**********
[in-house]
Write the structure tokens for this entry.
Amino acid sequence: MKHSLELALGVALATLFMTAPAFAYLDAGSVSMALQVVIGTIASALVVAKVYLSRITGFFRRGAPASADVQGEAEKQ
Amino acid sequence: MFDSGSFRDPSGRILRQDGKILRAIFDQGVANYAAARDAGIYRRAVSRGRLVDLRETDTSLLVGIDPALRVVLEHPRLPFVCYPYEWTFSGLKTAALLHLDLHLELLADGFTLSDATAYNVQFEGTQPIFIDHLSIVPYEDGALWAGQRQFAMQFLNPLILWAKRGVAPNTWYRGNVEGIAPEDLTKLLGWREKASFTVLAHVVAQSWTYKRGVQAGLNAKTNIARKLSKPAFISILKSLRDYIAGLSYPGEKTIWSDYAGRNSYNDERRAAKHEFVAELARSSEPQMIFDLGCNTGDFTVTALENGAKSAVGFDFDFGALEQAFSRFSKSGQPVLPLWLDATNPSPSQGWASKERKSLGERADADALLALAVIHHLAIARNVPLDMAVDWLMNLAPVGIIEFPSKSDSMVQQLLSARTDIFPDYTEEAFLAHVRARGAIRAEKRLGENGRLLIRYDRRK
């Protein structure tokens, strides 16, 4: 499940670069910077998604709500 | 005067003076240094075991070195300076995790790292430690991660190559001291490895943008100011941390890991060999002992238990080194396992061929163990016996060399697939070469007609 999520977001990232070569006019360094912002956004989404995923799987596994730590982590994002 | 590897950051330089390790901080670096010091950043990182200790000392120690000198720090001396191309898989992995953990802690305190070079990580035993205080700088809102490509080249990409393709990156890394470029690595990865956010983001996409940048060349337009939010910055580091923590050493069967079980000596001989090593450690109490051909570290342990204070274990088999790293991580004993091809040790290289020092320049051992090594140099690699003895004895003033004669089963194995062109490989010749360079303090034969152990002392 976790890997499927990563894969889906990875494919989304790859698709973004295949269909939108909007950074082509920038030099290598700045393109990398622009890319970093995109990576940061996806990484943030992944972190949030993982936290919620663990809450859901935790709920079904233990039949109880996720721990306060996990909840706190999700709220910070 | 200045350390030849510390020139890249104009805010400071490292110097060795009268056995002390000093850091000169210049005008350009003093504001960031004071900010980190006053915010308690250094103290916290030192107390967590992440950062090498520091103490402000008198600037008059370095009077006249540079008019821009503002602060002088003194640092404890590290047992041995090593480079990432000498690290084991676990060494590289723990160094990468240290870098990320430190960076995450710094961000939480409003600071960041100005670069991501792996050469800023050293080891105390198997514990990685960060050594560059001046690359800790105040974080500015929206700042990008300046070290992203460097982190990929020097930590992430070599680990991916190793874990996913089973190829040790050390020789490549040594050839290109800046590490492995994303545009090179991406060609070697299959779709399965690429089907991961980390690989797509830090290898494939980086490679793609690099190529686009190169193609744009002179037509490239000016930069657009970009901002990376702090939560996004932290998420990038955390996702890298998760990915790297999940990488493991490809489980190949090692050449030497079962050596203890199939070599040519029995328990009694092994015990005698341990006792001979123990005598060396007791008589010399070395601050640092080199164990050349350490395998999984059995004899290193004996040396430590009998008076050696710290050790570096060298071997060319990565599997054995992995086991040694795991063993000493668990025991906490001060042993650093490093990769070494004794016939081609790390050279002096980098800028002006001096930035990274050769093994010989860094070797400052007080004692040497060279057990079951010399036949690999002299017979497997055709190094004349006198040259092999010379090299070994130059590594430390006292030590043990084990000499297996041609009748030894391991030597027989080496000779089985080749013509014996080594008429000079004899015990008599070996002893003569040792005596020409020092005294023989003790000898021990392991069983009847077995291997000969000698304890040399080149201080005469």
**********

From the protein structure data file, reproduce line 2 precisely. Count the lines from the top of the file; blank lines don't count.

Write the structure tokens for this entry.